Many Cloud NAS solutions leverage a local cache to get around the latency problem when retrieving data from the cloud. If the requested file is on the local cache the user will notice no performance difference than before they had a Cloud NAS. But, what if that file isn’t on the local cache? If the file is small and the access to the cloud is fast enough then in most cases the Cloud NAS solution will still suffice. Users may notice a slowdown but not much of one. But, what if that file is large, several Gigabytes for example, then the cloud access goes from a minor annoyance to a major problem?
Transferring larger files is not only about bandwidth it is also about latency. Even in large file transfers, latency matters because of the amount of CRC checking occurring during the network transfer of a large file. The other type of transfer that will cause concern is the transfer of a very large number of very small files, where latency is even more critical.
Most Cloud NAS solutions leverage an all-flash caching appliance on-premises and then a hard disk drive based cloud target. The problem is not necessarily the type of storage chosen for on-premises and in the cloud. More than likely it is the distance between the provider and the primary data center where the caching appliance is located. Cloud NAS solutions, just like everything else, must obey the law of the speed of light.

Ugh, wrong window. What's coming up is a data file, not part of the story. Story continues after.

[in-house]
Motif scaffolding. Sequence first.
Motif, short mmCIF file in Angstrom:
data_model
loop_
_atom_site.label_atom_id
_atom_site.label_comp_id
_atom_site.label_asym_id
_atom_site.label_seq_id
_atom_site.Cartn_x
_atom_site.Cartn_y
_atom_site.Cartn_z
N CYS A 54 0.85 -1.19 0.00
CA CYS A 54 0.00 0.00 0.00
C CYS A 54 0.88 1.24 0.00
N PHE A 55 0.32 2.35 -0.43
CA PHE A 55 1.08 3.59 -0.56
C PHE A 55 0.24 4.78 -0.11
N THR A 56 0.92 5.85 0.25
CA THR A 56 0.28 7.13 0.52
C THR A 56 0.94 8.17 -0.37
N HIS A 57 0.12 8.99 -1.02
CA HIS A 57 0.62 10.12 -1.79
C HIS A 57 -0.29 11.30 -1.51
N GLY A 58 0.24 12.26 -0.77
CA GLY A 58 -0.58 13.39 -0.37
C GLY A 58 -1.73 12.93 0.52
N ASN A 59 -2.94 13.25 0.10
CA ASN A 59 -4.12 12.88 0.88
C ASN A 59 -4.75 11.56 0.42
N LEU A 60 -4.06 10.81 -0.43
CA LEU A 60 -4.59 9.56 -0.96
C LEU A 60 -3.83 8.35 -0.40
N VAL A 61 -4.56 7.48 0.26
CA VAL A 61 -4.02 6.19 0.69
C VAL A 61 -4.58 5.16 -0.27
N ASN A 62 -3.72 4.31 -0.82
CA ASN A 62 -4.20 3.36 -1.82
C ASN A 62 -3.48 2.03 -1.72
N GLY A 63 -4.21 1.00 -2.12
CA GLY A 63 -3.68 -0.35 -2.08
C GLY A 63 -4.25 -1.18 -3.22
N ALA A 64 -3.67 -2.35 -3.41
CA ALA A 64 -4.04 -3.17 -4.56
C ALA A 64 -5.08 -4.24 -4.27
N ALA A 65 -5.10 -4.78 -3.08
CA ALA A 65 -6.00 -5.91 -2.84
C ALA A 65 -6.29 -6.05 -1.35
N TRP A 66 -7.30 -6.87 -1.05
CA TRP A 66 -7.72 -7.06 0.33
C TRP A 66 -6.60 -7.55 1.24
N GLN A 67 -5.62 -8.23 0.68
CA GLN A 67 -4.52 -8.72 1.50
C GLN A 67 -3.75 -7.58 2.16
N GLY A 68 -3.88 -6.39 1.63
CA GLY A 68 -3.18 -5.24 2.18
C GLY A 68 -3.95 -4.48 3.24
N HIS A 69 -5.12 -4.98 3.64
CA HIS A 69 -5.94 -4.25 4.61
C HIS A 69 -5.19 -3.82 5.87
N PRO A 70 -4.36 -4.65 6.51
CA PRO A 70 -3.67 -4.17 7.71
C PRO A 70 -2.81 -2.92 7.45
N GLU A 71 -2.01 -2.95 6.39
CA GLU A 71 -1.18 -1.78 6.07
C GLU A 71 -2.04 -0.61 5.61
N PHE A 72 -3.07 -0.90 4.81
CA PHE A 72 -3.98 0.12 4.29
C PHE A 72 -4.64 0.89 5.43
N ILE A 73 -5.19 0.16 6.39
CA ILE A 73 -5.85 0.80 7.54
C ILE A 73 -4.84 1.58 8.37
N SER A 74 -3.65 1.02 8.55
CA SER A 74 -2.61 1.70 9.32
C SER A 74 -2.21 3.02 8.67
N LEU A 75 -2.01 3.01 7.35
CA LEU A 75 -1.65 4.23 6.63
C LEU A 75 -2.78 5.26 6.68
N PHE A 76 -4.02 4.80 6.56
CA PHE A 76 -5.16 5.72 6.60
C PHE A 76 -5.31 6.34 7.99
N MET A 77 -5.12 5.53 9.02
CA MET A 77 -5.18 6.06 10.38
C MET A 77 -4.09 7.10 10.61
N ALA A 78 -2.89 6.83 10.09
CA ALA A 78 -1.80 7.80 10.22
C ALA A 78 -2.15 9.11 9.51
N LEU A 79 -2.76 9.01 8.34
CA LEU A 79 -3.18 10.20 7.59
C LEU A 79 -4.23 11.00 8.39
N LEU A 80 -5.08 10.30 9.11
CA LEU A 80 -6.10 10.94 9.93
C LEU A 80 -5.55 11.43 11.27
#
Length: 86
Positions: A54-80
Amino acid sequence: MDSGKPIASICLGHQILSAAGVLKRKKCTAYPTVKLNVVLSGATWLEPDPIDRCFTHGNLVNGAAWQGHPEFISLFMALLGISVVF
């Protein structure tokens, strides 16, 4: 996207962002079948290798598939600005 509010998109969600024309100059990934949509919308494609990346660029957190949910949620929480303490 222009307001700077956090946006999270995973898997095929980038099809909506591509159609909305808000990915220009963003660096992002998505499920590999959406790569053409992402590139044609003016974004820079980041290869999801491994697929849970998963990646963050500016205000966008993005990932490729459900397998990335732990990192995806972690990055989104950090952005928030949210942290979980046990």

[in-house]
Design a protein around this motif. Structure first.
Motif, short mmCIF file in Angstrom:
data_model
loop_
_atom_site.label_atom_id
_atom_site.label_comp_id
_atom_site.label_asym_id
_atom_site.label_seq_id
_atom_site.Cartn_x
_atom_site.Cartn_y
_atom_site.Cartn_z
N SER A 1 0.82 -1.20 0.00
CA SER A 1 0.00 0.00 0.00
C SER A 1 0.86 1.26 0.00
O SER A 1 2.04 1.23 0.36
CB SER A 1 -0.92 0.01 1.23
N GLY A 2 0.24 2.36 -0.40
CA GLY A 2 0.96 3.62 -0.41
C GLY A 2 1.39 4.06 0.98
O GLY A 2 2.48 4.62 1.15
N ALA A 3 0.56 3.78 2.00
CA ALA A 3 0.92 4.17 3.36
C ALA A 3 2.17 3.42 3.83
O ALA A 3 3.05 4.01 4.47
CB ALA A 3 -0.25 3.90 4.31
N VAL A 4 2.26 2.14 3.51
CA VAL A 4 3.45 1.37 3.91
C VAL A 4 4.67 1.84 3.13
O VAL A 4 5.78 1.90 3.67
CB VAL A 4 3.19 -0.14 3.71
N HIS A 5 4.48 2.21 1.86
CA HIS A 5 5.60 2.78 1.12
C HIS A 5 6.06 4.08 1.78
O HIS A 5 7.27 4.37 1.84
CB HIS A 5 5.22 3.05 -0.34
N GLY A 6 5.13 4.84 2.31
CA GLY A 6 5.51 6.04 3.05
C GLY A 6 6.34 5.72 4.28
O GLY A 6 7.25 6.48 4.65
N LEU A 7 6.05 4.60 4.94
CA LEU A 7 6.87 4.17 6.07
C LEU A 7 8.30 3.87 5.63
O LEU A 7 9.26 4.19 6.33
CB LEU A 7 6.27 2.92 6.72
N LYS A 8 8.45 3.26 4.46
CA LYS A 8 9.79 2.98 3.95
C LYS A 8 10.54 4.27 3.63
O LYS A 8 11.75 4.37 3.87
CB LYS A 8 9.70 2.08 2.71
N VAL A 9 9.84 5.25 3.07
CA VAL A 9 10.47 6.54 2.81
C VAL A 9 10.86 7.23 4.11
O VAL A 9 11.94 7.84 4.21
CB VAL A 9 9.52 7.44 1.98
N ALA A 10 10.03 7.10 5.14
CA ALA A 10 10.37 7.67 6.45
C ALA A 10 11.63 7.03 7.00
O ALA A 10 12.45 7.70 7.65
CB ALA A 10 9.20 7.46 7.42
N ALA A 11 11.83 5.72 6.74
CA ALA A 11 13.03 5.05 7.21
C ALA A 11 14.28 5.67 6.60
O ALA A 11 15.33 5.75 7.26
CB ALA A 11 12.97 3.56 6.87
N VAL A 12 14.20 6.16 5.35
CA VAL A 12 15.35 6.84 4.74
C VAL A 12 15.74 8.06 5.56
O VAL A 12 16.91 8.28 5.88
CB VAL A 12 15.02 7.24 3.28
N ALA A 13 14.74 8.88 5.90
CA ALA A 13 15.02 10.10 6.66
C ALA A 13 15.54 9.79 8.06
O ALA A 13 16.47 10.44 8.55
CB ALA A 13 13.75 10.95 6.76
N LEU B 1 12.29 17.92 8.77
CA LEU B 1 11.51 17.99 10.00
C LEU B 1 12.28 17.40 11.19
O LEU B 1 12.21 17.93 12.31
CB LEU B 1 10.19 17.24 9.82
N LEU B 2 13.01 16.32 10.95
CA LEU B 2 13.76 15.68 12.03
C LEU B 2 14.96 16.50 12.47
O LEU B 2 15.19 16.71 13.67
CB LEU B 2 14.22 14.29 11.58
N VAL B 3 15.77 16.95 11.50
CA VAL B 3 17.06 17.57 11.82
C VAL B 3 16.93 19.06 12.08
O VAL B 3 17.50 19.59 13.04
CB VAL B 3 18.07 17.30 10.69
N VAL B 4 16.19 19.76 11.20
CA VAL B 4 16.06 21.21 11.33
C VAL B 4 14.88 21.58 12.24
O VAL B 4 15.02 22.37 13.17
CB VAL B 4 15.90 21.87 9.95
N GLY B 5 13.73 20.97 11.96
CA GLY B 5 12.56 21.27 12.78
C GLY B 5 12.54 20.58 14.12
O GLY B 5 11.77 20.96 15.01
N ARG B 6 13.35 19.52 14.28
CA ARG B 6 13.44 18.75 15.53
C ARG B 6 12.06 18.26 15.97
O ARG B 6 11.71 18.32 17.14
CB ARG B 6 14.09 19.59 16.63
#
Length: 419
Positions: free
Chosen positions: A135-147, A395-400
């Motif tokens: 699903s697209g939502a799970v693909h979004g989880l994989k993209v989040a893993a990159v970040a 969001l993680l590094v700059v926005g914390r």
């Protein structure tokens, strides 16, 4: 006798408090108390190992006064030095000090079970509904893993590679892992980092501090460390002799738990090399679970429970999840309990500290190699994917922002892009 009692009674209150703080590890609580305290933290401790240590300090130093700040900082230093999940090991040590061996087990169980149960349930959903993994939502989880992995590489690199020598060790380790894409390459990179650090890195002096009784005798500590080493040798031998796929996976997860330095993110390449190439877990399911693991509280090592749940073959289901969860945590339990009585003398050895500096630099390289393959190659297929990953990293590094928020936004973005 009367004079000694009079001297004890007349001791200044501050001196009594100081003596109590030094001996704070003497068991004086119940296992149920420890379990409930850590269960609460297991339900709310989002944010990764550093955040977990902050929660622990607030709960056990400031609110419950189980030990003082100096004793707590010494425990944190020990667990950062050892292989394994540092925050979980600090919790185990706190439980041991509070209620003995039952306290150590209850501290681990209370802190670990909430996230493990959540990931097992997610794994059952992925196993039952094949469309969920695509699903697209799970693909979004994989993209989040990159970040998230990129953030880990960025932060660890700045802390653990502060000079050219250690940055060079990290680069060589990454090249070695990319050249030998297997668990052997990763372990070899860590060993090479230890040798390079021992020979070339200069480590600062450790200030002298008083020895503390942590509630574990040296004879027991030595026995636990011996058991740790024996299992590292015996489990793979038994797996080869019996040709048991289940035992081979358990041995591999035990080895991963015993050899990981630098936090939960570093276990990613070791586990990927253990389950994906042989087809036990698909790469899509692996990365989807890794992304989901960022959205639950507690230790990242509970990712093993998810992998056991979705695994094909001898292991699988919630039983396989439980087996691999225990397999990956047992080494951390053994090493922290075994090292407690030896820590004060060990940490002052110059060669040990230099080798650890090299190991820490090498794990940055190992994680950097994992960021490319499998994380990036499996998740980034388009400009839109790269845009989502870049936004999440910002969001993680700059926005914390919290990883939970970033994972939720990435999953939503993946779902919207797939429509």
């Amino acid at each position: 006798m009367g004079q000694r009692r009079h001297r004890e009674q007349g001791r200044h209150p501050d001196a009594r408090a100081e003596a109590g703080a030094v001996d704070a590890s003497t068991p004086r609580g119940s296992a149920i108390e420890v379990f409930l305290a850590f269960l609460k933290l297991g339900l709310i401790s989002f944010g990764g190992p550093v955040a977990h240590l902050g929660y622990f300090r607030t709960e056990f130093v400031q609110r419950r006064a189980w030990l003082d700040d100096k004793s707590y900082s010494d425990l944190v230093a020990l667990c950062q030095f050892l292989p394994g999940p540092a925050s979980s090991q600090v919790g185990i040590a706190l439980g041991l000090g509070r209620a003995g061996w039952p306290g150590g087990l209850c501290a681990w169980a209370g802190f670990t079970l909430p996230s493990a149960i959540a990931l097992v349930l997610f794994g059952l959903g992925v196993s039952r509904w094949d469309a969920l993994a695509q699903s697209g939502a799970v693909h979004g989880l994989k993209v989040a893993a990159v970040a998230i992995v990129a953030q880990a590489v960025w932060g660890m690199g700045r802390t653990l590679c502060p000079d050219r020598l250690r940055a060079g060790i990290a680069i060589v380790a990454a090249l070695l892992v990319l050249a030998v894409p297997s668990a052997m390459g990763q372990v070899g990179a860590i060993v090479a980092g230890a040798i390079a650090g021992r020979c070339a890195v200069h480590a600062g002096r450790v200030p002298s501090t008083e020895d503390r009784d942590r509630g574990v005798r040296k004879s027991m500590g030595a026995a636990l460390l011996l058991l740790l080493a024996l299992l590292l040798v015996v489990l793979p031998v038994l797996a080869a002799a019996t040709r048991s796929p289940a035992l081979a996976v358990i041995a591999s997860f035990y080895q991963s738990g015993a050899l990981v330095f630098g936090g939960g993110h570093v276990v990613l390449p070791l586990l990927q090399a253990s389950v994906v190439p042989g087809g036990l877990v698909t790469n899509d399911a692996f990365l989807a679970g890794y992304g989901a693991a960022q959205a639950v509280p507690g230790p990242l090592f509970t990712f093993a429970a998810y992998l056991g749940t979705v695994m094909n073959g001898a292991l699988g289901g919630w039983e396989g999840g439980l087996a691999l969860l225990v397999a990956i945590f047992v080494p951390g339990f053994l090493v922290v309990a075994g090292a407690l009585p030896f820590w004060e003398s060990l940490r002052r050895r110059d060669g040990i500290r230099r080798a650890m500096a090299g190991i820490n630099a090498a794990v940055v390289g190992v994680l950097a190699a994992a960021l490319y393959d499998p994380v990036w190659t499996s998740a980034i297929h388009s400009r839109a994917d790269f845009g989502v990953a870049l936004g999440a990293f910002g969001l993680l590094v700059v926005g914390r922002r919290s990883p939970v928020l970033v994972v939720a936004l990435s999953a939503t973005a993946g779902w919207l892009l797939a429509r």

How Cloud NAS Can Win
Cloud NAS can solve the speed of light problem and be able to service non-cached large file accesses by establishing a cloud point of presence closer to the primary data center. The Cloud NAS solution needs to create a three-tiered architecture; the on-premises appliance, the regional point of presence and the primary public cloud provider. Data can then move between these three as it makes sense.
In most cases, the organization will likely decide to keep 100% of their data in the regional cloud provider and 100% of their data in their in a cloud provider like Amazon or Google. That way the solution can service any on-premises cache miss within milliseconds from the regional cloud. This three-tier architecture also allows the organization to implement a smaller (in terms of capacity) on-premises appliance since the penalty for a cache miss is not as severe.
The Data Protection Bonus
Another challenge facing large file workloads is data protection. The size of these files put a strain on backup products, making even incremental backup jobs large and time-consuming. The organization is forced to use image-based backup techniques, which means a loss of file granularity. A three-tiered Cloud NAS architecture essentially includes backup. Cloud NAS snapshots and cloud replication effectively protects data from harm without impacting production applications.
Large file accesses or accessing too many small files are particularly problematic for Cloud NAS solutions. While they can force the caching of the data locally on the appliance, doing so raise the capacity and the cost of the on-premises appliances. A three-tier model allows the organization to purchase a smaller appliance and then leverage a regional cloud provider when there is a miss. This architecture opens the way for Cloud NAS to drive down storage costs to the point that it is truly less expensive than on-premises alternatives.
To learn more about replacing on-premises NAS with Cloud NAS check out our on demand webinar “NAS Refresh? – 5 Reasons to Consider the Cloud”. Also included in the registration is access to our exclusive white paper, “Not All Cloud NAS Are the Same – Understanding the Difference Between Cloud NAS Solutions”, exclusively available in the attachments section of the webinar.